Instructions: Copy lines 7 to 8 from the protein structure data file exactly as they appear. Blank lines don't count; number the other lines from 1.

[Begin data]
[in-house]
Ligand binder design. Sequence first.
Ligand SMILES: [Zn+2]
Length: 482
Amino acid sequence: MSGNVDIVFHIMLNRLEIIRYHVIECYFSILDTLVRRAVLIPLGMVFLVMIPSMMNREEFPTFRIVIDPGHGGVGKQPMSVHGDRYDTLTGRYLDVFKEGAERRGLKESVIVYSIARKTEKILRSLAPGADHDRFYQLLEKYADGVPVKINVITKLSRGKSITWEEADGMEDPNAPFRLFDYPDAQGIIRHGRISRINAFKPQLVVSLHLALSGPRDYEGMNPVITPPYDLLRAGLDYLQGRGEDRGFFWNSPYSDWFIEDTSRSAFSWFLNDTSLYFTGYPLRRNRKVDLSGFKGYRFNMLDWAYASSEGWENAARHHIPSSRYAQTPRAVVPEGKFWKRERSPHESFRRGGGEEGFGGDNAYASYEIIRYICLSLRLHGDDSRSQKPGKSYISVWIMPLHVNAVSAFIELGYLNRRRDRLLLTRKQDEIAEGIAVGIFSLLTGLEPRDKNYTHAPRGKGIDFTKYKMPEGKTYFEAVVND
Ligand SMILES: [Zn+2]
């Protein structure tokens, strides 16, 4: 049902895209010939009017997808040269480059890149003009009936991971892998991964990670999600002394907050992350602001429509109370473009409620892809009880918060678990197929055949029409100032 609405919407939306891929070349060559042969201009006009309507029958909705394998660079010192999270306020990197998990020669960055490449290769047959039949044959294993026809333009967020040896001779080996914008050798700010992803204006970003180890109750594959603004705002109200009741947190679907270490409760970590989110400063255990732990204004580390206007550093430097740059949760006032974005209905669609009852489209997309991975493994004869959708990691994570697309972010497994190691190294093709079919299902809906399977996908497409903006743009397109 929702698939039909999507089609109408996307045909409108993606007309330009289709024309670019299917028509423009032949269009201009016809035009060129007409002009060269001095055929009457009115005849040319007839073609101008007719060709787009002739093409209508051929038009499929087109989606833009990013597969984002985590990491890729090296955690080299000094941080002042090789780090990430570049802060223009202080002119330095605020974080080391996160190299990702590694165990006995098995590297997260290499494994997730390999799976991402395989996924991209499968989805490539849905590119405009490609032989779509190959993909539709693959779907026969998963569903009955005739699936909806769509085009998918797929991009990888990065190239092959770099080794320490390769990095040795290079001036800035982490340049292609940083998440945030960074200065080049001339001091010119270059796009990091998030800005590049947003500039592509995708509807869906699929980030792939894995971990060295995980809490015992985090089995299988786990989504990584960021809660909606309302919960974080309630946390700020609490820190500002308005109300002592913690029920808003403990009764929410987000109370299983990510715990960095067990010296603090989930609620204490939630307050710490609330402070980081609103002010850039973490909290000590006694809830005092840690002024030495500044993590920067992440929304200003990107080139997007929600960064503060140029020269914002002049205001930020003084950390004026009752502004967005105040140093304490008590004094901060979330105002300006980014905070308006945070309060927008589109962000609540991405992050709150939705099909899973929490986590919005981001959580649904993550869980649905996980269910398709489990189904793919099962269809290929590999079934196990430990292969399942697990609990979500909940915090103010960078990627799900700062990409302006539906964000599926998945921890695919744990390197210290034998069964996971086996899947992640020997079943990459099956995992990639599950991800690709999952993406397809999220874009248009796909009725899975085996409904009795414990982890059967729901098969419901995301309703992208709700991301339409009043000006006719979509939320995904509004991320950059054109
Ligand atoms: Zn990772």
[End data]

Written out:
């Protein structure tokens, strides 16, 4: 049902895209010939009017997808040269480059890149003009009936991971892998991964990670999600002394907050992350602001429509109370473009409620892809009880918060678990197929055949029409100032 609405919407939306891929070349060559042969201009006009309507029958909705394998660079010192999270306020990197998990020669960055490449290769047959039949044959294993026809333009967020040896001779080996914008050798700010992803204006970003180890109750594959603004705002109200009741947190679907270490409760970590989110400063255990732990204004580390206007550093430097740059949760006032974005209905669609009852489209997309991975493994004869959708990691994570697309972010497994190691190294093709079919299902809906399977996908497409903006743009397109 929702698939039909999507089609109408996307045909409108993606007309330009289709024309670019299917028509423009032949269009201009016809035009060129007409002009060269001095055929009457009115005849040319007839073609101008007719060709787009002739093409209508051929038009499929087109989606833009990013597969984002985590990491890729090296955690080299000094941080002042090789780090990430570049802060223009202080002119330095605020974080080391996160190299990702590694165990006995098995590297997260290499494994997730390999799976991402395989996924991209499968989805490539849905590119405009490609032989779509190959993909539709693959779907026969998963569903009955005739699936909806769509085009998918797929991009990888990065190239092959770099080794320490390769990095040795290079001036800035982490340049292609940083998440945030960074200065080049001339001091010119270059796009990091998030800005590049947003500039592509995708509807869906699929980030792939894995971990060295995980809490015992985090089995299988786990989504990584960021809660909606309302919960974080309630946390700020609490820190500002308005109300002592913690029920808003403990009764929410987000109370299983990510715990960095067990010296603090989930609620204490939630307050710490609330402070980081609103002010850039973490909290000590006694809830005092840690002024030495500044993590920067992440929304200003990107080139997007929600960064503060140029020269914002002049205001930020003084950390004026009752502004967005105040140093304490008590004094901060979330105002300006980014905070308006945070309060927008589109962000609540991405992050709150939705099909899973929490986590919005981001959580649904993550869980649905996980269910398709489990189904793919099962269809290929590999079934196990430990292969399942697990609990979500909940915090103010960078990627799900700062990409302006539906964000599926998945921890695919744990390197210290034998069964996971086996899947992640020997079943990459099956995992990639599950991800690709999952993406397809999220874009248009796909009725899975085996409904009795414990982890059967729901098969419901995301309703992208709700991301339409009043000006006719979509939320995904509004991320950059054109
Ligand atoms: Zn990772």